Place the perennial in the prepared hole, spread the roots out to the side as best you can and backfill with a mix of the soil you dug out and compost. Be sure the top of the soil in the pot is level with the surface of the soil. Planting depth is very important. You do not want the plant buried too deep or too shallow. Always check the plant tag for planting depth information. Gently pat the ground around the plant to settle the soil, but don’t step or stomp on it. The roots need good air circulation and not compacted soil.

Does a Newly Planted Perennial Need Fertilizer

If you’ve done any searching at all, you will find all kinds of mixed opinions on this topic. I’m sharing what I’ve found to work best from my 30+ years of gardening experience. So here it is! If you’ve amended your soil with organic materials or compost, it is not necessary to add any kind of fertilizer when you plant your new perennial.

Also, know that those perennials were fertilized a lot just to get them ready to go to a garden center to be sold. If I get around to it, I may apply a slow-release fertilizer to my perennial beds in the spring, or to transplants, but oftentimes I don’t get around to it and my perennials are happy and gorgeous.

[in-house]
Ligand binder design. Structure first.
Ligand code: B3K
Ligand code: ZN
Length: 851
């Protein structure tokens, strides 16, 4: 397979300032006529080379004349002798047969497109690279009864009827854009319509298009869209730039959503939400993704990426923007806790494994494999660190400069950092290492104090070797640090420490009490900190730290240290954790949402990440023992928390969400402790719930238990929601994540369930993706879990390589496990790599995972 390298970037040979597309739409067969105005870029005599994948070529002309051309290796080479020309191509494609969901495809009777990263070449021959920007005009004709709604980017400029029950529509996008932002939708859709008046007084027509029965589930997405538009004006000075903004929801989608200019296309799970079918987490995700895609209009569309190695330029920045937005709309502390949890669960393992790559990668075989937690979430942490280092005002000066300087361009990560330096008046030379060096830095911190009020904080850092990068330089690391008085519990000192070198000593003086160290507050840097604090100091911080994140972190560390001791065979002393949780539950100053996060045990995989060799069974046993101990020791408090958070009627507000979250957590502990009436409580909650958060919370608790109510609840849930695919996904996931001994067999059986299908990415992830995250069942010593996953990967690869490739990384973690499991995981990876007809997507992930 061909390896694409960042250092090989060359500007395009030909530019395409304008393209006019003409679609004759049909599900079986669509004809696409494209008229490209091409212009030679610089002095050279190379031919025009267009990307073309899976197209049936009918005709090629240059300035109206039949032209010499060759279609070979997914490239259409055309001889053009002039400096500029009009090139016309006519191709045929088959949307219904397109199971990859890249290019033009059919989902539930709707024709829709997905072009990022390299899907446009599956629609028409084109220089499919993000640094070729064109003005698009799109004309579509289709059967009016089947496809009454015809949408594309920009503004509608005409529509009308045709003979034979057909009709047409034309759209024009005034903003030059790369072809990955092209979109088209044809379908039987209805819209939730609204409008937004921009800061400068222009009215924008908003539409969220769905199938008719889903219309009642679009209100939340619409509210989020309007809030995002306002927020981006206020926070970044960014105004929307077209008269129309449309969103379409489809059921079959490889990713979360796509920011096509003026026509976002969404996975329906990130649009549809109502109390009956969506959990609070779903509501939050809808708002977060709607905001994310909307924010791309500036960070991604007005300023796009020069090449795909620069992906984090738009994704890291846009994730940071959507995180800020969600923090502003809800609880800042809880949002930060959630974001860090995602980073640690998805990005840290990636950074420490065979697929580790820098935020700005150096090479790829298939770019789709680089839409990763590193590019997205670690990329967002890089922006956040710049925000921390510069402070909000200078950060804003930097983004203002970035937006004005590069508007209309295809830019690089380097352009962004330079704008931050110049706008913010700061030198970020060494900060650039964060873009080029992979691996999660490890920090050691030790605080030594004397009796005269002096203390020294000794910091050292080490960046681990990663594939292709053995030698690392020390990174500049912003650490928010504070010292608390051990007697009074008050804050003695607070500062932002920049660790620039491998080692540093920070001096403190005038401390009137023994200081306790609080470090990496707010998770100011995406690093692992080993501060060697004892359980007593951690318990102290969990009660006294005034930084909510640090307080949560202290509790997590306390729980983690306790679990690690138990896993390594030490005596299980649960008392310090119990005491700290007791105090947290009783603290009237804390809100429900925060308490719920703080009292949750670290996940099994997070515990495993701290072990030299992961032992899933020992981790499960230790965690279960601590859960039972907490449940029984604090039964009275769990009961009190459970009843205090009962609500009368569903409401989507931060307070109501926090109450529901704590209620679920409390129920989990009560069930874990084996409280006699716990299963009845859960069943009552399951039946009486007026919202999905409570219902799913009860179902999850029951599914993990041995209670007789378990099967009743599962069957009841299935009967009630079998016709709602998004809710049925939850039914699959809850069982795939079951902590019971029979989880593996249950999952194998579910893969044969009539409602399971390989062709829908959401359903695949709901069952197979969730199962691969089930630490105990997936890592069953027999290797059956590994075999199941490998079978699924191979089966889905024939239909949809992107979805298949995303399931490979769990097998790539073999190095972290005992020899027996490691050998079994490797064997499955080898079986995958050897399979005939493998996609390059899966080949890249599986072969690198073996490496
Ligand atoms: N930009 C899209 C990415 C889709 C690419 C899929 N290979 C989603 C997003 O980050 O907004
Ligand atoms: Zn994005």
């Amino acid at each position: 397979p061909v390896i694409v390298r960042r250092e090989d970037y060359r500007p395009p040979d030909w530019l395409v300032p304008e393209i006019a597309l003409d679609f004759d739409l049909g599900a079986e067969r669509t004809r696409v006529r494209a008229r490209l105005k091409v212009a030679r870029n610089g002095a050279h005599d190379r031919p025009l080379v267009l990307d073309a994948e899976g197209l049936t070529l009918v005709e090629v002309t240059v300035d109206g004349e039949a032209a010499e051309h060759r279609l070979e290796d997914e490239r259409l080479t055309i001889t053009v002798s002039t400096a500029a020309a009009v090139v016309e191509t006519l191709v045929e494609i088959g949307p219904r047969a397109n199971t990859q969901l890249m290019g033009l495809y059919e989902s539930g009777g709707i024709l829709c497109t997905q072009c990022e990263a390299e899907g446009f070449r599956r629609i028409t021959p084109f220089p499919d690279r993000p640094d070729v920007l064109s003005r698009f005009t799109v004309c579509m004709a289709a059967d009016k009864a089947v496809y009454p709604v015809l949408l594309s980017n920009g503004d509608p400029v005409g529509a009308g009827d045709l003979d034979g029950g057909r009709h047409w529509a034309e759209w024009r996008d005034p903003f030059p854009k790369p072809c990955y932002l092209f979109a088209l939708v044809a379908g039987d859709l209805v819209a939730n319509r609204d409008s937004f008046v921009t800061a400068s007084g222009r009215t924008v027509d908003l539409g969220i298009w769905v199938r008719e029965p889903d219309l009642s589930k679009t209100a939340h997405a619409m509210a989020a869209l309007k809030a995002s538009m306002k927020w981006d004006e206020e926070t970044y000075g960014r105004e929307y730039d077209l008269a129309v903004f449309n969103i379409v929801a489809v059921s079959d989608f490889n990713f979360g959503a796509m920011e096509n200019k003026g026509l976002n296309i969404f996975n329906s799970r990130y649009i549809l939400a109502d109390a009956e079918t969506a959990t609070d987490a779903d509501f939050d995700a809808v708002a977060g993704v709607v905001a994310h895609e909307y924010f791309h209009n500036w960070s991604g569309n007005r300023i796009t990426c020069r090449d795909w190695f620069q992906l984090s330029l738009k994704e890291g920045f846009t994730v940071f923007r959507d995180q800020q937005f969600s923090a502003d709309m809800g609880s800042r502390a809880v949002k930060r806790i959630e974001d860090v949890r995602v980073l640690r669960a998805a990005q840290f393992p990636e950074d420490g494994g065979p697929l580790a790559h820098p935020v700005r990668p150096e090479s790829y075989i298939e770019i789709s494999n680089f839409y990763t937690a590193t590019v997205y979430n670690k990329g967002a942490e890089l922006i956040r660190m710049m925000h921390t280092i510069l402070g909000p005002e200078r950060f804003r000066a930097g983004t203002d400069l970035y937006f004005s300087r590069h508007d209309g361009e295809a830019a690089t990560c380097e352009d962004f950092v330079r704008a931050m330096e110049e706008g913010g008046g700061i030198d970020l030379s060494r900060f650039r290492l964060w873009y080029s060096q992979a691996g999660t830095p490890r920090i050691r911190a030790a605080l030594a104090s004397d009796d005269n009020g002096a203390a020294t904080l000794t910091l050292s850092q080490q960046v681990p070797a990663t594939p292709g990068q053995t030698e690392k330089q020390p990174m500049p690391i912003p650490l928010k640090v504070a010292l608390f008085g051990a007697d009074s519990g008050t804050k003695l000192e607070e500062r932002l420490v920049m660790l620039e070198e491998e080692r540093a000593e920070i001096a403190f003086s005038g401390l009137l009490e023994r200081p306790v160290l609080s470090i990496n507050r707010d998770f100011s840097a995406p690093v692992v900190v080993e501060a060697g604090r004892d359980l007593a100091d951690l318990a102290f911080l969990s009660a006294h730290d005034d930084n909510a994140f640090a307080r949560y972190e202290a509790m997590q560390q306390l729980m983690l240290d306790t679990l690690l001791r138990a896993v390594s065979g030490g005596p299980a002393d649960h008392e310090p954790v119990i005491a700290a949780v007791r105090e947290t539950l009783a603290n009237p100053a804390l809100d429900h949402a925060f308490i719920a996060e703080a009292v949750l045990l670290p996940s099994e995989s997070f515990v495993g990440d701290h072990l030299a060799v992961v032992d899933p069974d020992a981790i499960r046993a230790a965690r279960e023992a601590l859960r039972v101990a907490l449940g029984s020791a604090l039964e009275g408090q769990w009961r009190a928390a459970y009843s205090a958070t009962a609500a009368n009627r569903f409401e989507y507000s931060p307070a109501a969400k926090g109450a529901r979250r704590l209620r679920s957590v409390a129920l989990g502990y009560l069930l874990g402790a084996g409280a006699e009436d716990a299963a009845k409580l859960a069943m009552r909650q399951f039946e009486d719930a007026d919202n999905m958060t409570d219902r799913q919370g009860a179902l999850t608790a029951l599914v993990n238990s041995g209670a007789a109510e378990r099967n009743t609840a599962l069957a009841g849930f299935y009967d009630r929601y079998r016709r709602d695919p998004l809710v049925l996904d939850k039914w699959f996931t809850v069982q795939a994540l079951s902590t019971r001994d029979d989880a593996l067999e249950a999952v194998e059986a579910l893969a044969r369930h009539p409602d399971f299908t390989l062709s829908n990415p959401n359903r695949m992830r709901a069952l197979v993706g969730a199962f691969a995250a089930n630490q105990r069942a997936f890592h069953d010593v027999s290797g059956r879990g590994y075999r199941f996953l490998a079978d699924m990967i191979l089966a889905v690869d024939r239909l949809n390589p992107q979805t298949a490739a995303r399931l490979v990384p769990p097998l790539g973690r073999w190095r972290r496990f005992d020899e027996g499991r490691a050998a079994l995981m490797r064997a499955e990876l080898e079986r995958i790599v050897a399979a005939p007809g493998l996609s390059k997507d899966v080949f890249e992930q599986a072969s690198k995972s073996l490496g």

I highly recommend sending a garden soil test to your local extension office if you’ve never done so. Getting your soil tested will let you know what nutrients are missing. Without knowing this, there’s no way to know what your soil is lacking and what kind of fertilizer will benefit your plants the most.

How to Water a Newly Planted Perennial

Again, there’s a right way and a wrong way to water perennials. The wrong way is to use the shower setting on your hose nozzle and water the new plant for a few minutes. I know, I know that’s the way plants are watered naturally with rain, but if you have to hand water you might as well do it the most efficient way. To do this, set your hose nozzle on the flood, full or soaker setting and water around the base of the plant. When you water, you want the plant roots to get most of the water, not the foliage. Watering this way will insure a good root system. This has nothing to do with diseases or scorched foliage, which are false myths but we won’t go into that here. 

Hose nozzle watering a plant.

With newly planted or transplanted perennials, water out about 6-12 inches away from the base of the plant too. The idea with this is that you want the roots of the plant to start filling out to the sides, making the plant stable and feeling at home in its new place in your flower bed.